Just because Mugello doesn’t fit the mold of the new tracks, where nearly anything high speed has to be straight, doesn’t make it any more or less dangerous than any other venue F1 goes to. Speed isn’t the only thing that can kill you in F1. Massa was very close to dying not from insufficient runoff, but a spring hitting his face. Schumacher could have been killed in Abu Dhabi in 2010 at a chicane when the Force India decided to jump. Webber survived a nasty crash at high speed on a track with much less runoff than Mugello, and without any type of arresting material between him and the Armco.

    Personally, if I were racing, I’d feel a lot safer at a track with gravel runoffs and space between me and the wall than I would at one where the runoff looks like a colored part of the track, or the walls are inches from my face.

  6. Correct me if I’m wrong but isn’t a bunch of the paved runoff more of a result of Motorcycles racing on those tracks then it is an F1 safety move? I remember Tilke saying something to that affect when talking about the design of CoTA.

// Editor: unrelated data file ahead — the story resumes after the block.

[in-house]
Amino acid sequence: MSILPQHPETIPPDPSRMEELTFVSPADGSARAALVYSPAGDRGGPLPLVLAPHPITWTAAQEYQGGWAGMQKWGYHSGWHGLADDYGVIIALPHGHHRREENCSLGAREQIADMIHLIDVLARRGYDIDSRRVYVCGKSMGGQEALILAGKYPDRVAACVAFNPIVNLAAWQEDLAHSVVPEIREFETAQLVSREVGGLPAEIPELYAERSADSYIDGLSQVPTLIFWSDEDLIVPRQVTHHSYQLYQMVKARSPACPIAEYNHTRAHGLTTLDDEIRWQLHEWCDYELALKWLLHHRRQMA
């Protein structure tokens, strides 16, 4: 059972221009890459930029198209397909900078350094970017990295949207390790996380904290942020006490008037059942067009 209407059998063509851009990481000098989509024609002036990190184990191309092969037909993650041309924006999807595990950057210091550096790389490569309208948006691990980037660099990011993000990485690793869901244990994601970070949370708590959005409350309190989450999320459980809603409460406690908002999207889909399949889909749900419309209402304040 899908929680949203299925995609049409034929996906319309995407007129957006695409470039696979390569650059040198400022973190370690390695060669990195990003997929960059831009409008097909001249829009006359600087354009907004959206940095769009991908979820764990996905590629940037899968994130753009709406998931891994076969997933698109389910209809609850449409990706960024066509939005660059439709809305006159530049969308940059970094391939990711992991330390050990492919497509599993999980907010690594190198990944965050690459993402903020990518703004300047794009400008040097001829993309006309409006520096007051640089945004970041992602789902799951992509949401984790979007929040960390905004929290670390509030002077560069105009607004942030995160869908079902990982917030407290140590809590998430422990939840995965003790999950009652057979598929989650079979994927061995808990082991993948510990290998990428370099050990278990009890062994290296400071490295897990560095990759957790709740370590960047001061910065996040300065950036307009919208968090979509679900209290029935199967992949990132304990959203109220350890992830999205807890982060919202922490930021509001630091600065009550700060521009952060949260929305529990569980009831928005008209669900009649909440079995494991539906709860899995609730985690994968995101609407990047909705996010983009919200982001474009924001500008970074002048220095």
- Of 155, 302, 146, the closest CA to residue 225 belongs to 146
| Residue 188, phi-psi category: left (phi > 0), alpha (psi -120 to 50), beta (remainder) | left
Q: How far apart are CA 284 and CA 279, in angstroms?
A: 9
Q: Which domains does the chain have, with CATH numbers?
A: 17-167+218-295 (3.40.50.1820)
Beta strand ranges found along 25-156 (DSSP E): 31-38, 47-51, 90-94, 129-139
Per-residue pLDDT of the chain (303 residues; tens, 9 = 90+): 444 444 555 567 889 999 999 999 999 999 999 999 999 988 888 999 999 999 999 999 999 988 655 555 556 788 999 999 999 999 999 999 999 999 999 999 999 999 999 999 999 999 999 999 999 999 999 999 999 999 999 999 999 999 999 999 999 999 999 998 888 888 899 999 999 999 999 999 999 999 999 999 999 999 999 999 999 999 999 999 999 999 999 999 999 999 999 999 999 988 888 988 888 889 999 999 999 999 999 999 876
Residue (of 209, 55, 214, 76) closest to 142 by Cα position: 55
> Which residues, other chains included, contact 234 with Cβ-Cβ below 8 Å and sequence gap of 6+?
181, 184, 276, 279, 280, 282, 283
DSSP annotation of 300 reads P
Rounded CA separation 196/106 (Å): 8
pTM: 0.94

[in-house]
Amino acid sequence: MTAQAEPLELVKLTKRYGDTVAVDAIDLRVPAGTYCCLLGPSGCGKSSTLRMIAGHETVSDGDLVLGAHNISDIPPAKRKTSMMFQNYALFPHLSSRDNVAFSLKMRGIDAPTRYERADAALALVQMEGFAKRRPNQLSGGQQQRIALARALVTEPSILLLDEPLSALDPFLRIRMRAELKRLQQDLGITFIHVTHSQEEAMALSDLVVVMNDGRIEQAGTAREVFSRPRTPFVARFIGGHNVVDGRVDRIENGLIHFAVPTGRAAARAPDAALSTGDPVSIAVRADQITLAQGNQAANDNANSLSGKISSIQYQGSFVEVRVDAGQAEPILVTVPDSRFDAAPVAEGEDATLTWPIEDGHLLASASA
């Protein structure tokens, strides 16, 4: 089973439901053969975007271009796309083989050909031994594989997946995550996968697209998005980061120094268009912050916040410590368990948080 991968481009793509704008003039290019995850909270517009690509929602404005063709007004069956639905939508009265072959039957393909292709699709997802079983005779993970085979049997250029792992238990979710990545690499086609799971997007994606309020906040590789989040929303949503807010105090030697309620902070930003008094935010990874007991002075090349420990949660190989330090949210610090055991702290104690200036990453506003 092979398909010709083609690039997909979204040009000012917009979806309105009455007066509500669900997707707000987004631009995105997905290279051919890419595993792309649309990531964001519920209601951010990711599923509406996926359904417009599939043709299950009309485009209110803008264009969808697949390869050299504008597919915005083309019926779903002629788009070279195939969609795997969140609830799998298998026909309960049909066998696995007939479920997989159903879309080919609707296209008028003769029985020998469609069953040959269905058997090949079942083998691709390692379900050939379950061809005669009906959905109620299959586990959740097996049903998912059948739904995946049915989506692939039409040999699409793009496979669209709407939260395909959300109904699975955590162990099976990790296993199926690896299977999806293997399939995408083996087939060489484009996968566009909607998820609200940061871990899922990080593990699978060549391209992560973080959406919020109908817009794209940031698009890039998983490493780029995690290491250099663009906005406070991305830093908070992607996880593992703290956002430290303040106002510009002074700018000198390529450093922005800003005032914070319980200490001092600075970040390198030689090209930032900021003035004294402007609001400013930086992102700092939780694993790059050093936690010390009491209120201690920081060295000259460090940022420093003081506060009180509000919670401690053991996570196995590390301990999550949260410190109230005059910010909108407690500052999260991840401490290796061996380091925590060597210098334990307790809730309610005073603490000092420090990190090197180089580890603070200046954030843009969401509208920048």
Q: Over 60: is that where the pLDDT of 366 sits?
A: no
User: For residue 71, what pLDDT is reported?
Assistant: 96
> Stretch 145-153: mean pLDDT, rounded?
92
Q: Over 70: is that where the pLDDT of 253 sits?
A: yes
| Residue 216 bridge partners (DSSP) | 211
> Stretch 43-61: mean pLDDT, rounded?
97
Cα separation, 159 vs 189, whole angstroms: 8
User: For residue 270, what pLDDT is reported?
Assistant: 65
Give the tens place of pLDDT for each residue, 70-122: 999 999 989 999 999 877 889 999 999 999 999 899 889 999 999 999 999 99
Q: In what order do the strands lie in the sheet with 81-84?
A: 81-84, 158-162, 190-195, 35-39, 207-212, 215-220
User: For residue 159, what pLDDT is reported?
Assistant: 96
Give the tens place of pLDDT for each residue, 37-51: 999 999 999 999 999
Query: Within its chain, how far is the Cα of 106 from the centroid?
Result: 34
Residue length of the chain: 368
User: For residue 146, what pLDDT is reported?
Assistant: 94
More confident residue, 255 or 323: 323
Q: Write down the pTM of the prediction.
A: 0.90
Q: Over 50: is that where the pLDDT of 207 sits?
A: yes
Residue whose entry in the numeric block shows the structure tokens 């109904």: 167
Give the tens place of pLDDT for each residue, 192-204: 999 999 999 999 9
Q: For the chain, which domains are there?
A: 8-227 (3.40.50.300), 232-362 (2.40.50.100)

7. Guys, I think when talking gravel vs tarmac you are forgetting how it all started. Paved run-off areas are a relatively new thing, and they are the result of the campaign to improve safety of both car and moto racing. In the past, when almost all run-offs, bar street circuits, were gravel by default, it turned out that gravel traps became inefficient in slowing down F1 cars, particularly as they were getting faster and narrower. There was a particular problem with cars getting airborne over the gravel and flying into the barriers, another one was cars partially digging into the gravel and rolling over. At one point it became a serious issue and was widely discussed among the drivers and teams. So, the solution was to use tarmac instead, and it worked. I remember how everyone was praising paved run-offs for they offered more control of the car and better slowdown (since you can still use your brakes).